The Milan Furniture Fair opens next month, and with it, the design world’s annual bacchanal of hype and hoopla. More than any other event on the design calendar, Milan sets the agenda for the year ahead, and not just for furniture. But will the economic downturn derail the prevailing design movements? Which way, design?
At the sprawling fairgrounds on the outskirts of the city, visitors will mill around new works by design’s boldface names. By night swarms of editors and bloggers will search for the next cool thing (and the next cold Peroni) at impromptu shows tucked in the back of cobblestone courtyards in the Zona Tortona. The most discerning observers pick up signals from the white noise. The trick is to identify the design currents of the day and figure out what they mean. What follows are five design trends that have been percolating since last year’s fair. We can’t wait to see how they shift or veer, go mainstream or fizzle out, at this year’s event.
A conspicuous number of European furniture manufacturers have been reissuing vintage designs, in this case a lacquered trolley designed by Bruno Mari in 1962. Faced with the downturn and competition from China, they’re playing their trump card: the venerable tradition of European design.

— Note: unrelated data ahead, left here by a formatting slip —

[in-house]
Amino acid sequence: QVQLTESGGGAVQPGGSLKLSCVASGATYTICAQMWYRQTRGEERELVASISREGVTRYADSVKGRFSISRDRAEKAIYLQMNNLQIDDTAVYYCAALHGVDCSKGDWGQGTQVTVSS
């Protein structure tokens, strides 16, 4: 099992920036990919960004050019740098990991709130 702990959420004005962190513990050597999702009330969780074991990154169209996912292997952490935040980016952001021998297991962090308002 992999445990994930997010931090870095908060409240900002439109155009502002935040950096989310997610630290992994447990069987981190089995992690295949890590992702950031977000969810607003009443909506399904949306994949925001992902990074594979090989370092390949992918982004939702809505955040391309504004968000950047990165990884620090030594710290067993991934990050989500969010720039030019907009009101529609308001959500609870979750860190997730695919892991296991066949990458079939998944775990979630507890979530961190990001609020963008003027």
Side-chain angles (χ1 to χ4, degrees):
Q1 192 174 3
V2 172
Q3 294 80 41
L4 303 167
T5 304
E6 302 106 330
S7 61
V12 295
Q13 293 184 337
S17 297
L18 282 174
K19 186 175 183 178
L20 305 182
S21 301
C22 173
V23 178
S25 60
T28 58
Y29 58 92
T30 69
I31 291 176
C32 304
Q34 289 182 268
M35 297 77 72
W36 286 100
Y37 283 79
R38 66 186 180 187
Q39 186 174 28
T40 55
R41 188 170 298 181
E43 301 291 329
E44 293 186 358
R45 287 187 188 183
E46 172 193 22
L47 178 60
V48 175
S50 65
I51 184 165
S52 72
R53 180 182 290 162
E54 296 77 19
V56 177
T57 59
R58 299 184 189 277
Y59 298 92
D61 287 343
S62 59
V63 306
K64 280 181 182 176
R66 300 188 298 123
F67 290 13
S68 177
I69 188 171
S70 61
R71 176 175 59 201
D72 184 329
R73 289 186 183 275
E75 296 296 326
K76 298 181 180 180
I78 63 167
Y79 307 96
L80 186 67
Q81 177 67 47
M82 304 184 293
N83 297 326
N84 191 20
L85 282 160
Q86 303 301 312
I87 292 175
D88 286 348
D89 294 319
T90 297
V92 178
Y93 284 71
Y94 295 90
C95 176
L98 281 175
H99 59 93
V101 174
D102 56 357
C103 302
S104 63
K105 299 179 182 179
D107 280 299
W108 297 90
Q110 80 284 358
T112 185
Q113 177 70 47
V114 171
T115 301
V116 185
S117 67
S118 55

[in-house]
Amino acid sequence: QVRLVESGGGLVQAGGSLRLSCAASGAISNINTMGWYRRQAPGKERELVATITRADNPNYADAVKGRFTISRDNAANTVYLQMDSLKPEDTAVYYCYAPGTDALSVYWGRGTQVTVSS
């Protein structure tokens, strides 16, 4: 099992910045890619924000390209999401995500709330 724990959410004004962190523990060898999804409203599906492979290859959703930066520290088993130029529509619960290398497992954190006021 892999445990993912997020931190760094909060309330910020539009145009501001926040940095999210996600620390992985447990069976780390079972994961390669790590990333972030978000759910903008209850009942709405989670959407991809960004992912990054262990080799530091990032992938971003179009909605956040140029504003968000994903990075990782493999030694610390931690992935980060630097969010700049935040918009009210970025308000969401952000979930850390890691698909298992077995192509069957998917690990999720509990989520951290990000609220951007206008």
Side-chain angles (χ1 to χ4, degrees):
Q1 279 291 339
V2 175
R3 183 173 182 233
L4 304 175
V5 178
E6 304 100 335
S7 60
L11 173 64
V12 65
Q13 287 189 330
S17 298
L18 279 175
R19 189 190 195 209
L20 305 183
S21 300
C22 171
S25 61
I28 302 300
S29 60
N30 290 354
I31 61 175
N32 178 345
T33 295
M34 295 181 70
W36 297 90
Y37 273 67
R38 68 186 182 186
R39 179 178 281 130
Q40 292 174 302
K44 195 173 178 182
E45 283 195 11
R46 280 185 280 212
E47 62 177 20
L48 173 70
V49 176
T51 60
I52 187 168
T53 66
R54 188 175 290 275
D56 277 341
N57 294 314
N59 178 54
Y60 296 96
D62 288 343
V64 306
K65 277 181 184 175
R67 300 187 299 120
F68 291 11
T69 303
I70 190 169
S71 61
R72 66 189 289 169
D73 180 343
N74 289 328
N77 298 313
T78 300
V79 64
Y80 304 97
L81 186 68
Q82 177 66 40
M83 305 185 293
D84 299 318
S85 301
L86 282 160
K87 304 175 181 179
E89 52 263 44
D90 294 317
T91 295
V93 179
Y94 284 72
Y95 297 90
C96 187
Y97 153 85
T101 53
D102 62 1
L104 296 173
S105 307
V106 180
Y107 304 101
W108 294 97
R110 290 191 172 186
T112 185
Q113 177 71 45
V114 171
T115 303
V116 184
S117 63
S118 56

As the design world looks for alternatives to the sharp lines and clean surfaces of mass-produced modernism, a new genre of rough-hewn furniture has come to the fore, like this chair by the Brazilian designer Hugo Franca.
Chalk this up as another reaction against the austerity of modernism: We’ve been seeing a breed of squat, stumpy furniture with wavy lines, much of which looks like it belongs in Fred and Wilma Flintstone’s living room. This example is a liquor cabinet by Josef Blersch and Mander Liefting.
The big bang at last year’s Milan fair was the arrival of “design art,” a new category of furniture and other pieces sold as fine art (and with art world price tags.) The wardrobe above, for example, was designed by Dutch designer Tord Boontje for Mallet, a venerable antiques dealer based in London. The biggest question at this year’s fair: Will design art wilt in this economic climate?
When the British designer Jasper Morrison created this simple pine bedside table three years ago, he was calling for design to put aside frivolous and fantastic preoccupations and return to its utilitarian roots. Finding beauty in austerity will likely be a predominant theme at this year’s show.